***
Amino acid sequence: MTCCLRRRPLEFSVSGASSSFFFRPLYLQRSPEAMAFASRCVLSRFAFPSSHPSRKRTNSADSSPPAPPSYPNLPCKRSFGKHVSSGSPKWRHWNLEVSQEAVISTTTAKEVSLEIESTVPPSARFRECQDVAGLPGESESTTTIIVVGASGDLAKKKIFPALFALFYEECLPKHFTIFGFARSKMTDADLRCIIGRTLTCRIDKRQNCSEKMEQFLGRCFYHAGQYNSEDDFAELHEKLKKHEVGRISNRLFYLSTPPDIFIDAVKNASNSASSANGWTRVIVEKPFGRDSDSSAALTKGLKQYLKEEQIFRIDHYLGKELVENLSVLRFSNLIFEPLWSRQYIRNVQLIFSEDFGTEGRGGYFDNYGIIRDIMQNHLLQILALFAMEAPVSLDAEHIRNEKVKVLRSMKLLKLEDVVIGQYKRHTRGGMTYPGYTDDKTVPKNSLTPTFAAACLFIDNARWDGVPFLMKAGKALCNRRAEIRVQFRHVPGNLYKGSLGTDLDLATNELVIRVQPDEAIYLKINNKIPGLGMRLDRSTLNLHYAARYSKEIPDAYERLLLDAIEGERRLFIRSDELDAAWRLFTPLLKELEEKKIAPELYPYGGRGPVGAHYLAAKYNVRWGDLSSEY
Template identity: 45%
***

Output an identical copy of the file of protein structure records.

Amino acid sequence: MTCCLRRRPLEFSVSGASSSFFFRPLYLQRSPEAMAFASRCVLSRFAFPSSHPSRKRTNSADSSPPAPPSYPNLPCKRSFGKHVSSGSPKWRHWNLEVSQEAVISTTTAKEVSLEIESTVPPSARFRECQDVAGLPGESESTTTIIVVGASGDLAKKKIFPALFALFYEECLPKHFTIFGFARSKMTDADLRCIIGRTLTCRIDKRQNCSEKMEQFLGRCFYHAGQYNSEDDFAELHEKLKKHEVGRISNRLFYLSTPPDIFIDAVKNASNSASSANGWTRVIVEKPFGRDSDSSAALTKGLKQYLKEEQIFRIDHYLGKELVENLSVLRFSNLIFEPLWSRQYIRNVQLIFSEDFGTEGRGGYFDNYGIIRDIMQNHLLQILALFAMEAPVSLDAEHIRNEKVKVLRSMKLLKLEDVVIGQYKRHTRGGMTYPGYTDDKTVPKNSLTPTFAAACLFIDNARWDGVPFLMKAGKALCNRRAEIRVQFRHVPGNLYKGSLGTDLDLATNELVIRVQPDEAIYLKINNKIPGLGMRLDRSTLNLHYAARYSKEIPDAYERLLLDAIEGERRLFIRSDELDAAWRLFTPLLKELEEKKIAPELYPYGGRGPVGAHYLAAKYNVRWGDLSSEY
Template identity: 45%